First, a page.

Most job descriptions aren’t very good. They’re boring, generic and read like every other on the web. What they should do is give the potential recruit a sense of what they’ll be working on and help visualise what their day to day might entail. This is, in many cases, the first time a candidate will be interacting with your brand, make those first impressions count.
Before diving into a new draft keep the following in mind:
Bin the buzzwords. Most potential candidates will scan read a job description, don’t make them pick through ‘wizards’ and ‘ninjas’ to work out you’re after a Marketing Manager.
Only say something is essential if it absolutely is. For example, saying you must have 5+ years of experience will put off those exceptionally talented with less experience.
Don’t copy and paste someone else’s job description to the letter - you’re better than that.
Keep them short (ish)
The tone should be chatty and friendly. Avoid slipping into corporate speak.
How to build the perfect job description.
It wouldn’t be helpful to hand you a set of ‘good’ job descriptions because it would be all too tempting to copy and take them as your own. You have to work on building an authentic tone of voice, and that starts with a blank page.
Here’s a guide of how to structure your job description, but remember, the personality and charm has to come from you.
To start with, make sure the juicy stuff is at the top: job title, location, salary. These initially grab the attention of relevant candidates, so this is a good place to start.
You can then break it down into 4 key sections: about us, about the job, about them and career opportunities.
- About your company
It’s time to sell the dream. What do you do? How did you start? What progress have you made to date? What’s the big vision? Craft a story that paints a picture of the business. Make sure you throw in any funding news, awards, notable clients and any other milestones.
Start with something simple based on what you think candidates will want to know. Make a draft and then ask for feedback from others. If you have a team, make sure you collaborate. Different viewpoints will help you craft something compelling and consistent.
- About the job
In this section, you want to cover off a couple of things.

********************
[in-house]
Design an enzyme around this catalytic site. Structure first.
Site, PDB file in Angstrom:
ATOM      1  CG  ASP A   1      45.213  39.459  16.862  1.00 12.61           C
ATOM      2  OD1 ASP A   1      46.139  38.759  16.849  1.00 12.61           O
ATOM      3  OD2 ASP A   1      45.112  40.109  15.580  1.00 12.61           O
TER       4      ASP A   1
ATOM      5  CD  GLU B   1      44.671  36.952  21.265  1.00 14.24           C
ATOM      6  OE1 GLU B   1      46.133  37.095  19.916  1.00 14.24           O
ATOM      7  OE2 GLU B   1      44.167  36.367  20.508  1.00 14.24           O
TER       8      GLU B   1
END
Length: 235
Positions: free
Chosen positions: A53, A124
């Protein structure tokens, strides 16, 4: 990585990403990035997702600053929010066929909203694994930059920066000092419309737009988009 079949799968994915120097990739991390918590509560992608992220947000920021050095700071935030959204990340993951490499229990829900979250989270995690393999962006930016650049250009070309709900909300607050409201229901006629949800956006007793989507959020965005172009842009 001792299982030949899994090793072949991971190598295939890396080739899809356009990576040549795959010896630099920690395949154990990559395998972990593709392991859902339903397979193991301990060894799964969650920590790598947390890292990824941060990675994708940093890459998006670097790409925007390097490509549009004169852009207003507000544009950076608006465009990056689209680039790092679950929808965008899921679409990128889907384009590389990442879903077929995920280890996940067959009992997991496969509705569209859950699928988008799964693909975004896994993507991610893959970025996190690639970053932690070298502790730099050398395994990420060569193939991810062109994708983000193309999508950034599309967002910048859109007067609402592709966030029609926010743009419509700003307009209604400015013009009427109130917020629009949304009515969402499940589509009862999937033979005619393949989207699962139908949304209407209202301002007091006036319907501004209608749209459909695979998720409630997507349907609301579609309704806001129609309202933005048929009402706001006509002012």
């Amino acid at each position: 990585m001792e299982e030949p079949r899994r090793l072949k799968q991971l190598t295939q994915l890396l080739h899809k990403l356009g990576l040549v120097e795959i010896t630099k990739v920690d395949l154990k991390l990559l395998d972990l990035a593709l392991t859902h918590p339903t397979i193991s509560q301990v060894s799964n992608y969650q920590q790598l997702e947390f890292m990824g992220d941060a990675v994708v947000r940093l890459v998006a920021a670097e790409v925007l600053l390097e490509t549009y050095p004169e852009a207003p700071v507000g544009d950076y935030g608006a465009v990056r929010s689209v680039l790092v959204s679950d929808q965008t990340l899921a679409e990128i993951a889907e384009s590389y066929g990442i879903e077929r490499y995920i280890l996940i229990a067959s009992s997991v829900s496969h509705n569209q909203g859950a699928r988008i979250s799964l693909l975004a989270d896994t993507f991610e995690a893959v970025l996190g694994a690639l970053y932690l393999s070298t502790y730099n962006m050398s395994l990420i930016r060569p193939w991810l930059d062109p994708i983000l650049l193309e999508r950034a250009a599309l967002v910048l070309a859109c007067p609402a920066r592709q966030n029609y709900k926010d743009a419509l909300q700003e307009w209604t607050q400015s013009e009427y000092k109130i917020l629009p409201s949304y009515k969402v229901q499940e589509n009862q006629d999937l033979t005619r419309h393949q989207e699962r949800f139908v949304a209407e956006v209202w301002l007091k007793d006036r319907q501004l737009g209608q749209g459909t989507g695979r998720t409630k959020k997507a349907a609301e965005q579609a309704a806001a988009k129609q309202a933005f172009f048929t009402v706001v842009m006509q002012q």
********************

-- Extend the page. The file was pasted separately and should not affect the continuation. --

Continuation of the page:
What will they be responsible for and why is it important to the business?
What does a typical day look like?
This doesn’t need to be exhaustive, but should give an insight into the type of stuff they will be doing, the teams they will be working with and how this sits with the business. Break responsibilities into short, clear job duties.
It’s also important not to glamorise the role. If a position requires you to make a large number of cold calls every day, it’s best to be upfront about that. While you might get fewer applicants, the candidates who aren’t deterred by this are more likely to be the type of people you want.
- About them
Keep this section relatively short and try and inject some personality. Leave out the trivial stuff like ‘must be smart and engaging’ or ‘has a strong academic record’ If it isn’t absolutely essential, don’t list it. This is a great opportunity to give a little taster of the type of people that get hired and give an insight into your culture.
- Career progression
Forget the ping pong tables and free beer, candidates care less about this these days. They care about career prospects. ‘If I take this job will it get me to the next rung on the ladder in 2-3 years’ is what they are thinking. If there are lots of opportunities internally, tell them. If they are going to have to look elsewhere for progression tell them that the exposure to x,y,z will take them to the next step.
Job descriptions can be a pain to write, but following this structure will set you well on your way to writing a great one.
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